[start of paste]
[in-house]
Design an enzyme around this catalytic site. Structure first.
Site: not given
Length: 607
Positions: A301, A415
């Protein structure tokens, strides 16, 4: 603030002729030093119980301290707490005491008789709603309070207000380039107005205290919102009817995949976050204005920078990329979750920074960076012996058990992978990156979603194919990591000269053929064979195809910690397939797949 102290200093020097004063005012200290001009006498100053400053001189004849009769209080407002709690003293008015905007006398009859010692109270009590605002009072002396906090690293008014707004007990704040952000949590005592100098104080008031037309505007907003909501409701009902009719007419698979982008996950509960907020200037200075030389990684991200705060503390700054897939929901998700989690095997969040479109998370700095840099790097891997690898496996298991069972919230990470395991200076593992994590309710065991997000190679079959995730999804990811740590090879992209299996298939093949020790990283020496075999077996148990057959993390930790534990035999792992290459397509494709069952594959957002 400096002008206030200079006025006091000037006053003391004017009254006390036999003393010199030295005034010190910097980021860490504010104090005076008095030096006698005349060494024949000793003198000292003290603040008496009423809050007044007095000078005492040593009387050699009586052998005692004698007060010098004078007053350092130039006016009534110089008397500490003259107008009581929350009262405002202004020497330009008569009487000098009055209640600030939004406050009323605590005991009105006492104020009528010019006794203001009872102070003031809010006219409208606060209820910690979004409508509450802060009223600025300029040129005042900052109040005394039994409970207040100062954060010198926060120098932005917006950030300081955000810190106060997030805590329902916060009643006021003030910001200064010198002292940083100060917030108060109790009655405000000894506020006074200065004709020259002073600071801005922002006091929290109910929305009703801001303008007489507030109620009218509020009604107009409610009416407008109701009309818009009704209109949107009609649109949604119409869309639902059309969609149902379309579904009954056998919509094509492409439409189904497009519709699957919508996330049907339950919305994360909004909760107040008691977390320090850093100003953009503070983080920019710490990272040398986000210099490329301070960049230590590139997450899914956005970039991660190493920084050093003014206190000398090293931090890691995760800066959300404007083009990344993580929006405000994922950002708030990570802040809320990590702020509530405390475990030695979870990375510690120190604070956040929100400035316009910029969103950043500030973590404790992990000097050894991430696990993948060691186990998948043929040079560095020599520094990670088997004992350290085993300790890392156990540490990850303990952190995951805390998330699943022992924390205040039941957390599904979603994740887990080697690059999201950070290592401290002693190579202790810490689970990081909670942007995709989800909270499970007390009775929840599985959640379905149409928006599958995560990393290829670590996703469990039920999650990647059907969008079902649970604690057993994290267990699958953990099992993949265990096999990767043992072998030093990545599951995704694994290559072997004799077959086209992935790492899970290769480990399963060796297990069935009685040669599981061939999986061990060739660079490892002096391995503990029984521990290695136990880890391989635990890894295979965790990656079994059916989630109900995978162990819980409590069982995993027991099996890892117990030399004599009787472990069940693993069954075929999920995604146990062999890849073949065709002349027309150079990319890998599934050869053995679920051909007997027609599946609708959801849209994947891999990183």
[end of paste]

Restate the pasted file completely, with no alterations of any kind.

[in-house]
Design an enzyme around this catalytic site. Structure first.
Site: not given
Length: 607
Positions: A301, A415
């Protein structure tokens, strides 16, 4: 603030002729030093119980301290707490005491008789709603309070207000380039107005205290919102009817995949976050204005920078990329979750920074960076012996058990992978990156979603194919990591000269053929064979195809910690397939797949 102290200093020097004063005012200290001009006498100053400053001189004849009769209080407002709690003293008015905007006398009859010692109270009590605002009072002396906090690293008014707004007990704040952000949590005592100098104080008031037309505007907003909501409701009902009719007419698979982008996950509960907020200037200075030389990684991200705060503390700054897939929901998700989690095997969040479109998370700095840099790097891997690898496996298991069972919230990470395991200076593992994590309710065991997000190679079959995730999804990811740590090879992209299996298939093949020790990283020496075999077996148990057959993390930790534990035999792992290459397509494709069952594959957002 400096002008206030200079006025006091000037006053003391004017009254006390036999003393010199030295005034010190910097980021860490504010104090005076008095030096006698005349060494024949000793003198000292003290603040008496009423809050007044007095000078005492040593009387050699009586052998005692004698007060010098004078007053350092130039006016009534110089008397500490003259107008009581929350009262405002202004020497330009008569009487000098009055209640600030939004406050009323605590005991009105006492104020009528010019006794203001009872102070003031809010006219409208606060209820910690979004409508509450802060009223600025300029040129005042900052109040005394039994409970207040100062954060010198926060120098932005917006950030300081955000810190106060997030805590329902916060009643006021003030910001200064010198002292940083100060917030108060109790009655405000000894506020006074200065004709020259002073600071801005922002006091929290109910929305009703801001303008007489507030109620009218509020009604107009409610009416407008109701009309818009009704209109949107009609649109949604119409869309639902059309969609149902379309579904009954056998919509094509492409439409189904497009519709699957919508996330049907339950919305994360909004909760107040008691977390320090850093100003953009503070983080920019710490990272040398986000210099490329301070960049230590590139997450899914956005970039991660190493920084050093003014206190000398090293931090890691995760800066959300404007083009990344993580929006405000994922950002708030990570802040809320990590702020509530405390475990030695979870990375510690120190604070956040929100400035316009910029969103950043500030973590404790992990000097050894991430696990993948060691186990998948043929040079560095020599520094990670088997004992350290085993300790890392156990540490990850303990952190995951805390998330699943022992924390205040039941957390599904979603994740887990080697690059999201950070290592401290002693190579202790810490689970990081909670942007995709989800909270499970007390009775929840599985959640379905149409928006599958995560990393290829670590996703469990039920999650990647059907969008079902649970604690057993994290267990699958953990099992993949265990096999990767043992072998030093990545599951995704694994290559072997004799077959086209992935790492899970290769480990399963060796297990069935009685040669599981061939999986061990060739660079490892002096391995503990029984521990290695136990880890391989635990890894295979965790990656079994059916989630109900995978162990819980409590069982995993027991099996890892117990030399004599009787472990069940693993069954075929999920995604146990062999890849073949065709002349027309150079990319890998599934050869053995679920051909007997027609599946609708959801849209994947891999990183």